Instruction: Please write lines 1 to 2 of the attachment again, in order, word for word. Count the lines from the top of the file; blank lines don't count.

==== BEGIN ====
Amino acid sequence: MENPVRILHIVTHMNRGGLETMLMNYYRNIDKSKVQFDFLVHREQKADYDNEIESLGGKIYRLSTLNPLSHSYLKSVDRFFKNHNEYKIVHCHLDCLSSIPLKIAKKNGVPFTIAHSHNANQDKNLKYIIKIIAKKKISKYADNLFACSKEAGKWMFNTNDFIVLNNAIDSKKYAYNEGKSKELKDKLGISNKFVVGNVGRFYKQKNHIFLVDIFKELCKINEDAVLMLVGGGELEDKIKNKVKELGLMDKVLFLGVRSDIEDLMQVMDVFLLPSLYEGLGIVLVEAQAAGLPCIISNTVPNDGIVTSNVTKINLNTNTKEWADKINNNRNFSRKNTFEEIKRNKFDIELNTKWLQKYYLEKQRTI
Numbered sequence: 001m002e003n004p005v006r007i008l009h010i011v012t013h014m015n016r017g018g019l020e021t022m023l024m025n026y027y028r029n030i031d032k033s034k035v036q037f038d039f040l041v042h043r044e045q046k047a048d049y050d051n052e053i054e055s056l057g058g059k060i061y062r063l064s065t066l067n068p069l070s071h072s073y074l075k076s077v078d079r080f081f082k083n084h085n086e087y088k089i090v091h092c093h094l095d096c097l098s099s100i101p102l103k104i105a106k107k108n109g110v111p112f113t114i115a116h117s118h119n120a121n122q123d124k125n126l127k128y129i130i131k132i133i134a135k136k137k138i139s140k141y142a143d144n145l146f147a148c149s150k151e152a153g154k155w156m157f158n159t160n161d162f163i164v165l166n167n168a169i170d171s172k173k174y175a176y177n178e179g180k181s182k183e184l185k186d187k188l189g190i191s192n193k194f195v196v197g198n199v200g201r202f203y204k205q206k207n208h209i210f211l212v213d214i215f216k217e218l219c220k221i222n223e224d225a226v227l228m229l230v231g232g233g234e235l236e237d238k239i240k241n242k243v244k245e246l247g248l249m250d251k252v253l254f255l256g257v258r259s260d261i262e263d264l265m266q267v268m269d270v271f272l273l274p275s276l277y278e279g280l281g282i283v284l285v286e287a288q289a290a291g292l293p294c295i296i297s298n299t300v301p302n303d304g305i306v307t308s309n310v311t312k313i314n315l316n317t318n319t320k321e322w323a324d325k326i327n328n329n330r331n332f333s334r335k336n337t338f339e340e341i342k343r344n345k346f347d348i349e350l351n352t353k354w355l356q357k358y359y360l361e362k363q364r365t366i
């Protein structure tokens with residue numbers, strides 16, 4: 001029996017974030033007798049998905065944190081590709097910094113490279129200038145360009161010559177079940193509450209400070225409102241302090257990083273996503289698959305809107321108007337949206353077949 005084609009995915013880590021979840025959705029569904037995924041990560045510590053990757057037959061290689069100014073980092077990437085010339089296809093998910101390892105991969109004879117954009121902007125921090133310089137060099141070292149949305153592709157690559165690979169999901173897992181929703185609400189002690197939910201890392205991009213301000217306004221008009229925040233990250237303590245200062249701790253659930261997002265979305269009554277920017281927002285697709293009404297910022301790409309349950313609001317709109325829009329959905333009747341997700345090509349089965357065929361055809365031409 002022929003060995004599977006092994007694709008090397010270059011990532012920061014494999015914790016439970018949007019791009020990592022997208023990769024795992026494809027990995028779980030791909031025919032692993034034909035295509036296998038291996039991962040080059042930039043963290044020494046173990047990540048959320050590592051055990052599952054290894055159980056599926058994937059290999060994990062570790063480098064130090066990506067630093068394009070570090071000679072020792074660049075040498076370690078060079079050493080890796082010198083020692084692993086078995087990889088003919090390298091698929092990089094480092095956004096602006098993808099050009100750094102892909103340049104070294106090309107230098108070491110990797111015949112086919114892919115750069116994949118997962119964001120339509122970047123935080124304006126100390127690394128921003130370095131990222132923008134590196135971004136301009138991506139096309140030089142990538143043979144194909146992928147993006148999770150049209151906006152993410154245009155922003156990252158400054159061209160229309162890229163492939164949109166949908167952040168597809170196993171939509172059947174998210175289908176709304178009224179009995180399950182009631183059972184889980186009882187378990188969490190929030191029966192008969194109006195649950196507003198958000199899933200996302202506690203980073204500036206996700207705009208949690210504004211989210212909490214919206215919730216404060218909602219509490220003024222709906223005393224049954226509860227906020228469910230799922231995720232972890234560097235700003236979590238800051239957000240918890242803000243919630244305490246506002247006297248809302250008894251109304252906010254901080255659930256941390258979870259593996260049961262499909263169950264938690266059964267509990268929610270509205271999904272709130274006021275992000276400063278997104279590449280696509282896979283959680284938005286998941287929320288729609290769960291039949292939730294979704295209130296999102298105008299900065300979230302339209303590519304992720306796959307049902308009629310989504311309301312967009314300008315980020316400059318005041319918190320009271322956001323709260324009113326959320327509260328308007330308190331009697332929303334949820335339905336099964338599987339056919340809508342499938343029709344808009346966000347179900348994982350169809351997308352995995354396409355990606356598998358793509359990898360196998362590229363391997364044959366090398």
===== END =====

Amino acid sequence: MENPVRILHIVTHMNRGGLETMLMNYYRNIDKSKVQFDFLVHREQKADYDNEIESLGGKIYRLSTLNPLSHSYLKSVDRFFKNHNEYKIVHCHLDCLSSIPLKIAKKNGVPFTIAHSHNANQDKNLKYIIKIIAKKKISKYADNLFACSKEAGKWMFNTNDFIVLNNAIDSKKYAYNEGKSKELKDKLGISNKFVVGNVGRFYKQKNHIFLVDIFKELCKINEDAVLMLVGGGELEDKIKNKVKELGLMDKVLFLGVRSDIEDLMQVMDVFLLPSLYEGLGIVLVEAQAAGLPCIISNTVPNDGIVTSNVTKINLNTNTKEWADKINNNRNFSRKNTFEEIKRNKFDIELNTKWLQKYYLEKQRTI
Numbered sequence: 001m002e003n004p005v006r007i008l009h010i011v012t013h014m015n016r017g018g019l020e021t022m023l024m025n026y027y028r029n030i031d032k033s034k035v036q037f038d039f040l041v042h043r044e045q046k047a048d049y050d051n052e053i054e055s056l057g058g059k060i061y062r063l064s065t066l067n068p069l070s071h072s073y074l075k076s077v078d079r080f081f082k083n084h085n086e087y088k089i090v091h092c093h094l095d096c097l098s099s100i101p102l103k104i105a106k107k108n109g110v111p112f113t114i115a116h117s118h119n120a121n122q123d124k125n126l127k128y129i130i131k132i133i134a135k136k137k138i139s140k141y142a143d144n145l146f147a148c149s150k151e152a153g154k155w156m157f158n159t160n161d162f163i164v165l166n167n168a169i170d171s172k173k174y175a176y177n178e179g180k181s182k183e184l185k186d187k188l189g190i191s192n193k194f195v196v197g198n199v200g201r202f203y204k205q206k207n208h209i210f211l212v213d214i215f216k217e218l219c220k221i222n223e224d225a226v227l228m229l230v231g232g233g234e235l236e237d238k239i240k241n242k243v244k245e246l247g248l249m250d251k252v253l254f255l256g257v258r259s260d261i262e263d264l265m266q267v268m269d270v271f272l273l274p275s276l277y278e279g280l281g282i283v284l285v286e287a288q289a290a291g292l293p294c295i296i297s298n299t300v301p302n303d304g305i306v307t308s309n310v311t312k313i314n315l316n317t318n319t320k321e322w323a324d325k326i327n328n329n330r331n332f333s334r335k336n337t338f339e340e341i342k343r344n345k346f347d348i349e350l351n352t353k354w355l356q357k358y359y360l361e362k363q364r365t366i